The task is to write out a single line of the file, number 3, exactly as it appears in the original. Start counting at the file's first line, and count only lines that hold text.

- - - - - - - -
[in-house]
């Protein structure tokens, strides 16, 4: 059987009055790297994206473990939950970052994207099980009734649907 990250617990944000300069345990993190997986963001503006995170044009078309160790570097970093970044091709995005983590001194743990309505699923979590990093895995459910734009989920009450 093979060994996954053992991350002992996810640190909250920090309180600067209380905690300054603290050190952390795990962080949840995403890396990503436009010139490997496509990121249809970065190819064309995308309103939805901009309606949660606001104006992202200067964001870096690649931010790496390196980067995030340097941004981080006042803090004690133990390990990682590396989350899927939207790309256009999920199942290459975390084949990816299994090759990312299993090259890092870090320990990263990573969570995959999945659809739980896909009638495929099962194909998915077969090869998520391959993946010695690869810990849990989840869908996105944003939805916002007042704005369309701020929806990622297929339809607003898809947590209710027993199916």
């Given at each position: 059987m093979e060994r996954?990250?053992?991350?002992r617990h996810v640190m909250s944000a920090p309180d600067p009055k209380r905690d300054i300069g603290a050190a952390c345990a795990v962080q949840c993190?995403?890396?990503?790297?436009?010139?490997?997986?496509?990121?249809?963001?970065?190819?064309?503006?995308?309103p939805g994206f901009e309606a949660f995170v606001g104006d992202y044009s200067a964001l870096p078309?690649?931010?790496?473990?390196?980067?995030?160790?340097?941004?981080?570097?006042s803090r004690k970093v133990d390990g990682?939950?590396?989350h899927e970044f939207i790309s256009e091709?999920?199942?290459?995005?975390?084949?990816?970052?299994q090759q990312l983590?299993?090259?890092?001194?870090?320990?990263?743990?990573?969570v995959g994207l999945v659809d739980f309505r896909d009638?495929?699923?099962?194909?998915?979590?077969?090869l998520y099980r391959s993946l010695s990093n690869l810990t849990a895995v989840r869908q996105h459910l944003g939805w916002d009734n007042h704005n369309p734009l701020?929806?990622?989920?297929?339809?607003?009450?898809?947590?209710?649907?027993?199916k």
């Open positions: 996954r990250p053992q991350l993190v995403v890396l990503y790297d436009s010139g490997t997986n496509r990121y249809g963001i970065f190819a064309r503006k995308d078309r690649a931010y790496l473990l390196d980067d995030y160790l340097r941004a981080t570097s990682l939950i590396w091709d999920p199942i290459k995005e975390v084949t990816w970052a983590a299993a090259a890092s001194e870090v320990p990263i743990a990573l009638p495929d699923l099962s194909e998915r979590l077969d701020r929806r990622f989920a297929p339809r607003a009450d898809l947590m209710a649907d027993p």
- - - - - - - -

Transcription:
């Given at each position: 059987m093979e060994r996954?990250?053992?991350?002992r617990h996810v640190m909250s944000a920090p309180d600067p009055k209380r905690d300054i300069g603290a050190a952390c345990a795990v962080q949840c993190?995403?890396?990503?790297?436009?010139?490997?997986?496509?990121?249809?963001?970065?190819?064309?503006?995308?309103p939805g994206f901009e309606a949660f995170v606001g104006d992202y044009s200067a964001l870096p078309?690649?931010?790496?473990?390196?980067?995030?160790?340097?941004?981080?570097?006042s803090r004690k970093v133990d390990g990682?939950?590396?989350h899927e970044f939207i790309s256009e091709?999920?199942?290459?995005?975390?084949?990816?970052?299994q090759q990312l983590?299993?090259?890092?001194?870090?320990?990263?743990?990573?969570v995959g994207l999945v659809d739980f309505r896909d009638?495929?699923?099962?194909?998915?979590?077969?090869l998520y099980r391959s993946l010695s990093n690869l810990t849990a895995v989840r869908q996105h459910l944003g939805w916002d009734n007042h704005n369309p734009l701020?929806?990622?989920?297929?339809?607003?009450?898809?947590?209710?649907?027993?199916k």